Features engineering

The design of feature vectors is critical for accurate classification and pathway inference. We consider five types of feature vectors inspired by the work of Dale and colleagues [18]: i)- enzymatic reactions abundance vector (ϕa), ii)- reactions evidence vector (ϕf), iii)- pathways evidence vector (ϕy), iv)- pathway common vector (ϕc), and v)- possible pathways vector (ϕd). The transformation process ϕa is represented by r-dimensional frequency vector, corresponding to the number of occurrences for each enzymatic reaction as ϕa = [a1, a2, …, ar]. An enzymatic reaction is characterized by an enzyme commission (EC) classification number [31]. The reaction evidence vector ϕf indicates the properties of the enzymatic reaction for each sample. The pathway evidence features ϕy include a modified subset of features developed by Dale and colleagues expanding on core PathoLogic rule sets to include additional information related to enzyme presence, gaps in pathways, network connectivity, taxonomic range, etc [18]. The pathway common feature vector ϕc, for a sample x(i) is represented by r-dimensional binary vector and the possible pathways vector ϕd is a t-dimensional binary vector. Each of the transformation function maps x to a different dimensional vector, and the concatenated feature vector Φ = [ϕa(x(i)), ϕf(x(i)), ϕy(x(i)), ϕc(x(i)), ϕd(x(i))] has a total of m-dimensional features for each sample. For a more in-depth description of the feature engineering process please refer to S2 Appendix).

Prediction model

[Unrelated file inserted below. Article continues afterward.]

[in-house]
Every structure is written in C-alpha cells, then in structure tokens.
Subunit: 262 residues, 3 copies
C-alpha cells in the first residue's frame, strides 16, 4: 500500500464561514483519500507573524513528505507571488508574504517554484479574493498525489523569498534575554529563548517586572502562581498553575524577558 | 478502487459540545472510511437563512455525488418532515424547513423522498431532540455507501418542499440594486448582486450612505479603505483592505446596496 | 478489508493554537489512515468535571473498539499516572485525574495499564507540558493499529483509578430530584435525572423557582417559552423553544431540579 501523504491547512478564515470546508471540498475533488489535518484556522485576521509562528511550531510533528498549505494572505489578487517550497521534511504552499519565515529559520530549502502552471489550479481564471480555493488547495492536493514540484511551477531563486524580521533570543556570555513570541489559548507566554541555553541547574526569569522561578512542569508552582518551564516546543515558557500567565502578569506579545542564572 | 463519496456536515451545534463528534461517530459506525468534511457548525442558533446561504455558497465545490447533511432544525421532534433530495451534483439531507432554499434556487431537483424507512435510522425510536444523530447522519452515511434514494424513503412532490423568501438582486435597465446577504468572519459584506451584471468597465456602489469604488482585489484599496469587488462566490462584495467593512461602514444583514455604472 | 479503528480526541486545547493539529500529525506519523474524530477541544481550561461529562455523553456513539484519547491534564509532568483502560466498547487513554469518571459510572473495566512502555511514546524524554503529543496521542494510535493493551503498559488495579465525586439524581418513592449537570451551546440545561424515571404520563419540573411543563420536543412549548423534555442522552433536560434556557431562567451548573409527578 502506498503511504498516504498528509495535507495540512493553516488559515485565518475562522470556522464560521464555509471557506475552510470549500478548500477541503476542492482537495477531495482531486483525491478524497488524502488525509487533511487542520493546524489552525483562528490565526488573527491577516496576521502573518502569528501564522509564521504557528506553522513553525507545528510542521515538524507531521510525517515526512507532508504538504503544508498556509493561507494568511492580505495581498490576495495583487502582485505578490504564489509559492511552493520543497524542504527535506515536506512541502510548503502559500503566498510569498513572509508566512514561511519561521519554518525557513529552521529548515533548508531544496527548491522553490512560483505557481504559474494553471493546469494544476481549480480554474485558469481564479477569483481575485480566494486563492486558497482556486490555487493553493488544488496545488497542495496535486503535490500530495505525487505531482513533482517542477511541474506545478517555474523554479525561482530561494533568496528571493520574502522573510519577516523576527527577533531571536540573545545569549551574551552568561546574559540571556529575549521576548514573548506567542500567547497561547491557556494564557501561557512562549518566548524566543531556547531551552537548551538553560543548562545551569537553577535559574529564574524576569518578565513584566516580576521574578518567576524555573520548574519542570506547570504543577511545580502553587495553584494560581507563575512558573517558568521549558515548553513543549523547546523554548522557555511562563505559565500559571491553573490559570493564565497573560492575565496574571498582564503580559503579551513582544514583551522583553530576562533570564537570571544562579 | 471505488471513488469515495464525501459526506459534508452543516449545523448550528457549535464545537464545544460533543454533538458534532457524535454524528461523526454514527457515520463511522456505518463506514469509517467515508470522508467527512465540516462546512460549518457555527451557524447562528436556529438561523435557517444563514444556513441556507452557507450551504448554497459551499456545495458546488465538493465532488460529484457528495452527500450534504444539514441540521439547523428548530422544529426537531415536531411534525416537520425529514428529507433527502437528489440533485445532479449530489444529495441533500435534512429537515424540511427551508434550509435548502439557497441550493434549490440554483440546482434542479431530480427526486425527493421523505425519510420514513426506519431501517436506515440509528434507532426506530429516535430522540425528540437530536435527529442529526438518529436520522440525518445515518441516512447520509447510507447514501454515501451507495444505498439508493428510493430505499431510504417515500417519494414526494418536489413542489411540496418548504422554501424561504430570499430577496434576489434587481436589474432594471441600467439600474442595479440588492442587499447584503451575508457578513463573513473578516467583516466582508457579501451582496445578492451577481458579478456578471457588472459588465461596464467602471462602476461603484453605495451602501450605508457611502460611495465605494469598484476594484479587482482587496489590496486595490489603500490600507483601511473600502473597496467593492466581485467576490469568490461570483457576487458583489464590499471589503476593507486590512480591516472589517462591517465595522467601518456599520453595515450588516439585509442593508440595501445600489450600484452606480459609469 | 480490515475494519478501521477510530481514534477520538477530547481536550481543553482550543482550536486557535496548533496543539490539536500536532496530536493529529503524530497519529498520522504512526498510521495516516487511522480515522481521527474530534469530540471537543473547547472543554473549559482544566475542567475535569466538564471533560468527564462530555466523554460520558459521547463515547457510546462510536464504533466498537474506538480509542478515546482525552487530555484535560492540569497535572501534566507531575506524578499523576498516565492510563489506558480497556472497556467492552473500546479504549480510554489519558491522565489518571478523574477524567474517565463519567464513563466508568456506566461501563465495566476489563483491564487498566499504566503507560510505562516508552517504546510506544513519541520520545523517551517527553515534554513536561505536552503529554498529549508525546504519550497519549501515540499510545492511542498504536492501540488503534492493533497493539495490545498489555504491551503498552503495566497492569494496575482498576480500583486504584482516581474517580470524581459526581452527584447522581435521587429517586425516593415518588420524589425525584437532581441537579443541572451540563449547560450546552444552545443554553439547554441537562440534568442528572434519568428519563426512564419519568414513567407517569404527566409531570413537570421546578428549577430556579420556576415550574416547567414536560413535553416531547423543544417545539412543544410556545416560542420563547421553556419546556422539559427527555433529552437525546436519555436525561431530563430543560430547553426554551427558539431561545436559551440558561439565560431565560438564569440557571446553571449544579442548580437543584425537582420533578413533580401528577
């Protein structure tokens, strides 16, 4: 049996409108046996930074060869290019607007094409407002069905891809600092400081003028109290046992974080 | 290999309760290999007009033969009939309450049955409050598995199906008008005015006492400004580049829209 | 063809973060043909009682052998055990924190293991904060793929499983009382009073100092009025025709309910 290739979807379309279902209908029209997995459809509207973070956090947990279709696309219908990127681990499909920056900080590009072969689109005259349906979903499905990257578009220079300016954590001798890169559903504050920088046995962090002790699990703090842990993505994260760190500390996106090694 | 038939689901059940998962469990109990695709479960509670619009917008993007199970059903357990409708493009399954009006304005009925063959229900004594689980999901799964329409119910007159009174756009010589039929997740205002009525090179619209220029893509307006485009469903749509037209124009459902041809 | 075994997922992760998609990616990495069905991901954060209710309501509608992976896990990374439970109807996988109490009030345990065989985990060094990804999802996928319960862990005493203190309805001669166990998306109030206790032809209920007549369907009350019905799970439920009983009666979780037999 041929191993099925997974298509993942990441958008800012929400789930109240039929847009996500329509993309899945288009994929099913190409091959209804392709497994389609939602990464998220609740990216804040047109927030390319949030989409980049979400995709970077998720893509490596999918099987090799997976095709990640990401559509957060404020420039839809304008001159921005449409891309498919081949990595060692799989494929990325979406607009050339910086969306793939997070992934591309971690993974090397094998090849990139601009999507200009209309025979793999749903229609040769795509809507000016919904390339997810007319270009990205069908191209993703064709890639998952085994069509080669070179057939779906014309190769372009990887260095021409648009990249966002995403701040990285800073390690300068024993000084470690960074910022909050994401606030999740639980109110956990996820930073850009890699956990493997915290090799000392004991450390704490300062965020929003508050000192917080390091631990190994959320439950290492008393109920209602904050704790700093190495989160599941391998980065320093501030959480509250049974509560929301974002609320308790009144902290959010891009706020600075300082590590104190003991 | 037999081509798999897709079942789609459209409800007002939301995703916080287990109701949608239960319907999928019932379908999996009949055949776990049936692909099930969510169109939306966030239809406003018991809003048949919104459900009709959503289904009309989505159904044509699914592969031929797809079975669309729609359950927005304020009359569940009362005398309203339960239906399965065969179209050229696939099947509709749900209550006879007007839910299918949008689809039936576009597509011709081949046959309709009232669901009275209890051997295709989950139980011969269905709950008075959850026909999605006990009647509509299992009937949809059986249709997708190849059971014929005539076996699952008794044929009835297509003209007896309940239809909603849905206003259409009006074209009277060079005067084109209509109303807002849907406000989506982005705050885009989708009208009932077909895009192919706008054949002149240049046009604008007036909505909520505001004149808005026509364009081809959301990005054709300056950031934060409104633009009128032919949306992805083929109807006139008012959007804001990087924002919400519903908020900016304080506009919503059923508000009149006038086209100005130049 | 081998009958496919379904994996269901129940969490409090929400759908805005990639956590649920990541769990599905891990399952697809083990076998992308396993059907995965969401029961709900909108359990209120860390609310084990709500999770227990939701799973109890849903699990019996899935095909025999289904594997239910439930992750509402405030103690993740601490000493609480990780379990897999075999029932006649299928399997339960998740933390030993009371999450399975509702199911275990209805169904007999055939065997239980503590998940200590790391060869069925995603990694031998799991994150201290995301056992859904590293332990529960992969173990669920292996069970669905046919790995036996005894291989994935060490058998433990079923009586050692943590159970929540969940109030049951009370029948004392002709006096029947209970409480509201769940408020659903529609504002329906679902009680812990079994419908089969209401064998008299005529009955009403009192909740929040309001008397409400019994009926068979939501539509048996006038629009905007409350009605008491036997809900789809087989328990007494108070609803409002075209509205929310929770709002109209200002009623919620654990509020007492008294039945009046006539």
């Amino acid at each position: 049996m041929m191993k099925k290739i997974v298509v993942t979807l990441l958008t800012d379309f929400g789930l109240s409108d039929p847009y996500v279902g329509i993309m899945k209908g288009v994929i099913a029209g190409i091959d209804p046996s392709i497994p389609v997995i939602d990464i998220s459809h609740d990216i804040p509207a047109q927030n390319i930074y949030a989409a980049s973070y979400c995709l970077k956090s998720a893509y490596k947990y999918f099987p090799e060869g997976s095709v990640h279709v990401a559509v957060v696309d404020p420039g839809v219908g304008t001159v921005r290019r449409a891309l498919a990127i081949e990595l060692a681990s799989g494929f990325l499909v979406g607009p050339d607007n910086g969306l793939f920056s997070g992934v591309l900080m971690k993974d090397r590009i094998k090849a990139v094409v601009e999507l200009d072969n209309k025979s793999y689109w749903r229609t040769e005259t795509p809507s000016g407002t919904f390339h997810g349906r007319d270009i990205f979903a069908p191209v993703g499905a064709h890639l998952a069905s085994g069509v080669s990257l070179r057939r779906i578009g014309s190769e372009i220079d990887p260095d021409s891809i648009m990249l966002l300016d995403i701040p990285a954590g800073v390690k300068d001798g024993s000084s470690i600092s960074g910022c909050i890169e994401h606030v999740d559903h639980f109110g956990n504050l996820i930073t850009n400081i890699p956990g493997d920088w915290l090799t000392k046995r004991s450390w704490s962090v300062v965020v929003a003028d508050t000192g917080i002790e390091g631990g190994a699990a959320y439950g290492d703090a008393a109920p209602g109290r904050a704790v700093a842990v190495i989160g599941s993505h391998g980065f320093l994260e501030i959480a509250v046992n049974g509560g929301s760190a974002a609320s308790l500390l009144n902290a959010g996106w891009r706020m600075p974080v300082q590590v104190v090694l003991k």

We use the logistic regression (LR) model to infer a set of pathways given an instance feature vector Φ(x(i)). LR was selected because of its proven power in discriminative classification across a variety of supervised machine learning problems [32]. In addition to direct probabilistic interpretation integrated into the model, LR can handle high-dimensional data, efficiently. The LR model represents conditional probabilities through a non-linear logistic function f(.) defined as (1) where is the j-th element of the label vector y(i) ∈ {0, 1}t and θj is a m-dimensional weight vector for the j-th pathway. Each element of Φ(x(i)) corresponds to an element of θj for the j-class, therefore, we can retrieve important features that contribute to the prediction of j by sorting the elements of Φ(x(i)) according to the corresponding values of the weight vector θj. The Eq 1 is repeated for all the t classes for an instance i, hence multi-labeling, and, for an individual pathway, the results are stored in a vector . Predicted pathways are reported based on a cut-off threshold τ, which is set to 0.5 by default: (2) where vec is a vectorized operation. Given that Eq 1 produces a conditional probability over each pathway, and the j-th class label will be included to y(i) only if f(θj, Φ(x(i))) ≥ τ we adopt a soft decision boundary using T-criterion rule [33] as: (3) where fmax(f(θj, Φ(x(i)))) = β ⋅ max({f(θj, Φ(x(i)):∀jt}), which is the maximum predictive probability score. The hyper-parameter β ∈ (0, 1] must be tuned based on empirical information, and it cannot be set to 0, which implies retrieving all of the t pathways. The predicted set of pathways using the Eq 3 is referred to as adaptive prediction because the decision boundary, and its corresponding threshold, are tuned to the test data [34].